CCSER will be initially focused on three efforts:
Solar Electric Generation
Photovoltaic conversion, the direct generation of electricity from sunlight,
is a clean and inexhaustible source of electricity generation. Photovoltaics
(or PV cells) are now commercially available, but the cost per watt is still
much too high for wide-scale practical implementation, and challenges exist
in scaling this technology to the terawatt scale. We are addressing these challenges
by designing new materials and structures with potential for very high conversion
efficiency and which can be produced by inexpensive manufacturing processes.
We are also advancing designs that allow us to use the entire solar spectrum
and to increase conversion efficiency.
Solar-Driven Fuel Synthesis
CCSER's second focus is the conversion of sunlight into chemical fuels, an
example of which is the splitting of water to make hydrogen. Although the electrolysis
of water is straightforward, currently available methods require a power source
and a platinum catalyst. By using solar energy to replace conventional electrical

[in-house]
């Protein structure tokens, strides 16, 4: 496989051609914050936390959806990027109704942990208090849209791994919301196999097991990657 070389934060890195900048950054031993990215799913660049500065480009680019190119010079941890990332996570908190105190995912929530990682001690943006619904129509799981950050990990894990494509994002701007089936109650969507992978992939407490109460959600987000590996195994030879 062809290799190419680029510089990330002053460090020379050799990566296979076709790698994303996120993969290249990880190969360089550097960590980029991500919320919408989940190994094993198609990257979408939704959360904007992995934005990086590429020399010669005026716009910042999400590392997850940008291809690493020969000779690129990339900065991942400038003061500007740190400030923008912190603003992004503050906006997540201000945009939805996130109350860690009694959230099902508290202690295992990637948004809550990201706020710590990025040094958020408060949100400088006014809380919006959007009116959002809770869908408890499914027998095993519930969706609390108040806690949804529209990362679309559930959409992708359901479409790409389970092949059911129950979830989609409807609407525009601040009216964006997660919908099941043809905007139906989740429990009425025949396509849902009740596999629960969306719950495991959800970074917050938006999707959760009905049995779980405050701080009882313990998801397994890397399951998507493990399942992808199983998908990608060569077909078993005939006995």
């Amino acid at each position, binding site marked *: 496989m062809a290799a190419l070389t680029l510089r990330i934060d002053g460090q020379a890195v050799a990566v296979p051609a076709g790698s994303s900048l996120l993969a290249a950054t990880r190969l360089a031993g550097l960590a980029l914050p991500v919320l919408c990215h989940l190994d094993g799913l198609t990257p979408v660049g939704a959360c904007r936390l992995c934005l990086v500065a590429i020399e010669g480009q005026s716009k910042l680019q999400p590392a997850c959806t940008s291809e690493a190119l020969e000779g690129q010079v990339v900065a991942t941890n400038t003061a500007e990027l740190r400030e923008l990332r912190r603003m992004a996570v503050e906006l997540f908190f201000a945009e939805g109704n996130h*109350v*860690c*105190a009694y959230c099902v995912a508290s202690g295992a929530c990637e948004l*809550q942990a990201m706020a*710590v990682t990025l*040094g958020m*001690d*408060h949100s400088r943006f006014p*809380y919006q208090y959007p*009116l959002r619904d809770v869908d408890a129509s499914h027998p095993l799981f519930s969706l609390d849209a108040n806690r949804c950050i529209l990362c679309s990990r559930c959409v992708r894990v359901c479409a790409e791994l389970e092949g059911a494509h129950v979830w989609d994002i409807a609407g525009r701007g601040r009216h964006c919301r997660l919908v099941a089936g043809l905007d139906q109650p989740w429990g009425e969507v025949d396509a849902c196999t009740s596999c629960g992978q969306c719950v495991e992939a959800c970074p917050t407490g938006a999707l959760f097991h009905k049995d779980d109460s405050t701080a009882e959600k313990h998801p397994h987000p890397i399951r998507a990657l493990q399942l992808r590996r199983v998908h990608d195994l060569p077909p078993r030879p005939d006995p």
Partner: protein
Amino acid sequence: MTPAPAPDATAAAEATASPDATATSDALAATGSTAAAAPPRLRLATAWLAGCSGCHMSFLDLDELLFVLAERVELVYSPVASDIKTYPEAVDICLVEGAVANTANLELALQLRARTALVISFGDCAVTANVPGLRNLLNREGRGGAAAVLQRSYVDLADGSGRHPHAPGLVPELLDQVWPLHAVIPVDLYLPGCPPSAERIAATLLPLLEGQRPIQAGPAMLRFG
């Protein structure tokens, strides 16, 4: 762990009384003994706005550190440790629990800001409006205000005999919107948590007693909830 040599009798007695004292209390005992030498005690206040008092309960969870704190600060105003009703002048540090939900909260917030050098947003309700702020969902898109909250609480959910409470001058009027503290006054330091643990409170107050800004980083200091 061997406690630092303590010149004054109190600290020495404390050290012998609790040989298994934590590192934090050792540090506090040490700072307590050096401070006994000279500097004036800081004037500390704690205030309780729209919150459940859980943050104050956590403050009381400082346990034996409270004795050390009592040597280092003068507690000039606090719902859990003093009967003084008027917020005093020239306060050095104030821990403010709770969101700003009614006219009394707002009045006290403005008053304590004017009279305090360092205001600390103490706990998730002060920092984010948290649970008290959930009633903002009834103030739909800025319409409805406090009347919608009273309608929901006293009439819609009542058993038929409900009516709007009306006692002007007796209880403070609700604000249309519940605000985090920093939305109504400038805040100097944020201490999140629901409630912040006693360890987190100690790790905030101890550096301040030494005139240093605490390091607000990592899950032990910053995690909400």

power sources that ultimately use fossil fuel, and by developing alternative
catalysts to platinum (which is expensive and scarce), CCSER researchers will
set the stage for new technologies for solar-driven fuel synthesis that are
scalable to the terawatt scale.
Fuel Cells for Renewable Fuel Use
Chemical fuels enable energy storage, but require methods for clean and efficient
conversion to electricity on demand. Therefore, the third focus of CCSER is
on fuel cells, where again, a key objective is to develop alternatives to platinum
as a catalyst for conversion of renewably generated hydrogen or hydrocarbon
fuels. This is made possible through the discovery by CCSER researchers of
a new class of fuel-cell electrolytes, solid acids, that can operate at temperatures
higher than polymer electrolyte membrane fuel cells, but far lower than solid
oxide fuel cells.